Tea tasting is the process in which a trained taster determines the quality of a particular tea.[1] Due to climatic conditions, topography, manufacturing process, and different cultivars of the Camellia sinensis plant (tea), the final product may have vastly differing flavours and appearance. These differences can be tasted by a trained taster in order to ascertain the quality prior to sale or possibly blending tea.[1]

The United States Food and Drug Administration tested tea until 1996.


The taster's objectives depend on the intended purpose of a tea. The qualities desired for a tea for blending with other teas can be quite different from the qualities desired for a tea ready for drinking.[2]


The ISO 3103 standard describes a standardised method for brewing teas in order to make meaningful sensory comparisons between them. It is not a particularly useful standard for many teas, however, requiring a six-minute brewing time and boiling water, neither of which are recommended for green teas (usually brewed at < 90 °C and for under 3 minutes). Tea tasters would instead usually taste teas which have been brewed according to the recommendations of the producer.

A tea taster uses a large spoon and noisily slurps the liquid into his/her mouth - this ensures that both the tea and plenty of oxygen is passed over all the taste receptors on the tongue to give an even taste profile of the tea. The liquid is then usually spat back out into a spittoon before moving onto the next sample to taste. A 'cupping set' is used for tasting tea and is always white in colour to allow examination of both liquor and the leaf. The set consists of a small cup with a lid, in which the tea leaves are placed along with the water to brew, and a small, rounded cup from which to taste the tea.[3] The flavour characteristics and indeed leaf colour, size and shape are graded using a specific language created by the tea industry to explain the overall quality. Generally speaking, once the quality has been tasted/graded, each tea company places a value on it based on market trends, availability and demand.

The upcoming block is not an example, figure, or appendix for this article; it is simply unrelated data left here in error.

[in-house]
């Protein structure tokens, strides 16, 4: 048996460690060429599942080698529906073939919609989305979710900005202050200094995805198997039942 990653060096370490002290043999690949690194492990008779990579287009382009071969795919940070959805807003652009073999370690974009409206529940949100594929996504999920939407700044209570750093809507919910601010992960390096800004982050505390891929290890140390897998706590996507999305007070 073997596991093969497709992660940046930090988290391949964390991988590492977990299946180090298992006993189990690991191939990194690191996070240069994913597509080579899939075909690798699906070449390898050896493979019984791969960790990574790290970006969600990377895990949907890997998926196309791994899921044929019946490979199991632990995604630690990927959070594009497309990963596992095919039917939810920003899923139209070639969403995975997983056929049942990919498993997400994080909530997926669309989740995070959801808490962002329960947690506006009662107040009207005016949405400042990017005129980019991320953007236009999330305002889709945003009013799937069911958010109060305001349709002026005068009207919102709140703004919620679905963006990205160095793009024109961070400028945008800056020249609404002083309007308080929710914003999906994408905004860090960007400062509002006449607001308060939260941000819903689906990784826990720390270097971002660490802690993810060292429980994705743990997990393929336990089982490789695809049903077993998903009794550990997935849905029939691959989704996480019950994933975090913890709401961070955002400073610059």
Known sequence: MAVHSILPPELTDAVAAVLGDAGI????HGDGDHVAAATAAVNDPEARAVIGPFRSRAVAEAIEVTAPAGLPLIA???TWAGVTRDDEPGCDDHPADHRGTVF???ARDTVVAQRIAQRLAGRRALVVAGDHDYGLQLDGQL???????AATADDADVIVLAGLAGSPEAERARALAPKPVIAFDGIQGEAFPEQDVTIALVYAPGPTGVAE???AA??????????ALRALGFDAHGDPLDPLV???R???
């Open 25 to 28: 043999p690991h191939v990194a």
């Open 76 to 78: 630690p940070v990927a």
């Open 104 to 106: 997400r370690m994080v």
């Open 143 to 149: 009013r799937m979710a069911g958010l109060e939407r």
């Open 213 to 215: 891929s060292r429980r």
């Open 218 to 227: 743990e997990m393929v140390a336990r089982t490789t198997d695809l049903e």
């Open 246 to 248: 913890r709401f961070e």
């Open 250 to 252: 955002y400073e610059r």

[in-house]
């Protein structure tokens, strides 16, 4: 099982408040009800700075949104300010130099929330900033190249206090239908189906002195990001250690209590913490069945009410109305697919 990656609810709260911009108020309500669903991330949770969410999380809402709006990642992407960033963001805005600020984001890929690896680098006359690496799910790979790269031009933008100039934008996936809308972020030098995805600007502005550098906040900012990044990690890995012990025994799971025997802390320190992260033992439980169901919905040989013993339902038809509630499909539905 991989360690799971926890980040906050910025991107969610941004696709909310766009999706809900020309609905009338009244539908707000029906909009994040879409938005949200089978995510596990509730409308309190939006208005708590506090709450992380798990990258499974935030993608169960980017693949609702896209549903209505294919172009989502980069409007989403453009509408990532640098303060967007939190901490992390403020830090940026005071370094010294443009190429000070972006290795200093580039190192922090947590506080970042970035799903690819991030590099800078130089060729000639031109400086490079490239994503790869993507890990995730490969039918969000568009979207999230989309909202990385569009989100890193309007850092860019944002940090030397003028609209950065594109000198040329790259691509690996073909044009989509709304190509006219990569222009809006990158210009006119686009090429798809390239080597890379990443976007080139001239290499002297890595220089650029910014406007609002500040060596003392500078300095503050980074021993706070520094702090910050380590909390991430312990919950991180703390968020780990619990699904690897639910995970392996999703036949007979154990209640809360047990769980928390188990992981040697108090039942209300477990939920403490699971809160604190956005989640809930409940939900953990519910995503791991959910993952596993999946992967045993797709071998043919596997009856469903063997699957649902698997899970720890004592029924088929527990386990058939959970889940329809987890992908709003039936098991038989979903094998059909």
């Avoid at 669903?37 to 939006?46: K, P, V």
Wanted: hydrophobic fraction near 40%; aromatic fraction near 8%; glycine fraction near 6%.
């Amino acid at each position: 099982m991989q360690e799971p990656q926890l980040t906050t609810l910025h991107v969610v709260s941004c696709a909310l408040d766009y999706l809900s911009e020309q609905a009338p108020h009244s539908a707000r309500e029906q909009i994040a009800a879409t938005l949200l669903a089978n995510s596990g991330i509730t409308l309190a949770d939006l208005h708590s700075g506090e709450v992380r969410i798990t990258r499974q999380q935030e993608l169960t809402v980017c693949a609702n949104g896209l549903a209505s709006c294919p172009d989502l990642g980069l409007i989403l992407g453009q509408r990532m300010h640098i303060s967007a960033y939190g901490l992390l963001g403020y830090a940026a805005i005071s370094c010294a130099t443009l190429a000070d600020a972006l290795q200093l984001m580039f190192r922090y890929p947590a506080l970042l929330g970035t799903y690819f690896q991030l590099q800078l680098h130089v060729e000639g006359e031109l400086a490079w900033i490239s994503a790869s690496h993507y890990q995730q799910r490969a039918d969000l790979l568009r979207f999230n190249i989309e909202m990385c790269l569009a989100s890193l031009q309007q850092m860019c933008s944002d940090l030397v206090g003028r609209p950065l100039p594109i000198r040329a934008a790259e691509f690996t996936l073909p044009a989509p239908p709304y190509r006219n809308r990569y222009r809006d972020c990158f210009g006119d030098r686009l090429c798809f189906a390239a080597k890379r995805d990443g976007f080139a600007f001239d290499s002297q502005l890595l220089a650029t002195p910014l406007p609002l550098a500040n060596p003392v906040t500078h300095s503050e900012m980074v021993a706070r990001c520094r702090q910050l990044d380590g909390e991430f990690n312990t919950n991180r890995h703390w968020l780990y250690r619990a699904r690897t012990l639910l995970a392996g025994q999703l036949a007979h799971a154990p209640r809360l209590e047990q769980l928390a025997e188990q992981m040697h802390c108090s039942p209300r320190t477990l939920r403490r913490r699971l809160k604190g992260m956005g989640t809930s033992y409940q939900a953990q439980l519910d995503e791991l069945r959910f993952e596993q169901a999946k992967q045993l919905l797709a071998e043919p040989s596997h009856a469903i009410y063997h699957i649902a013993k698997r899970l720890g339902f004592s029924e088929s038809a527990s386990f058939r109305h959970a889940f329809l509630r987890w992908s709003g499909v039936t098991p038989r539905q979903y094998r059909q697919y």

Professional tea-taster George F. Mitchell in 1927

See alsoEdit


  1. ^ a b Yvonne Wrightman (January 1994), All the Tea in China - Fascinating Traditions and Incredible Edibles, Centax Distribution, pp. 14–, ISBN 978-1-895292-35-0, retrieved March 4, 2013
  2. ^ Schapira, Joel (1996). The book of coffee & tea : a guide to the appreciation of fine coffees, teas, and herbal beverages. David Schapira, Karl Schapira (2nd ed.). New York: St. Martin's Griffin. p. 198. ISBN 0-312-14099-1. OCLC 33404177.
  3. ^ Smith, Krisi (2016). World Atlas of Tea. Great Britain: Mitchell Beazley. p. 97. ISBN 978-1-78472-124-4.

Further readingEdit

  • Gautier, Lydia; Mallet, Jean-Francois (2006). Tea. Chronicle Books. pp. 124–153. ISBN 0811856828. Retrieved 3 March 2013.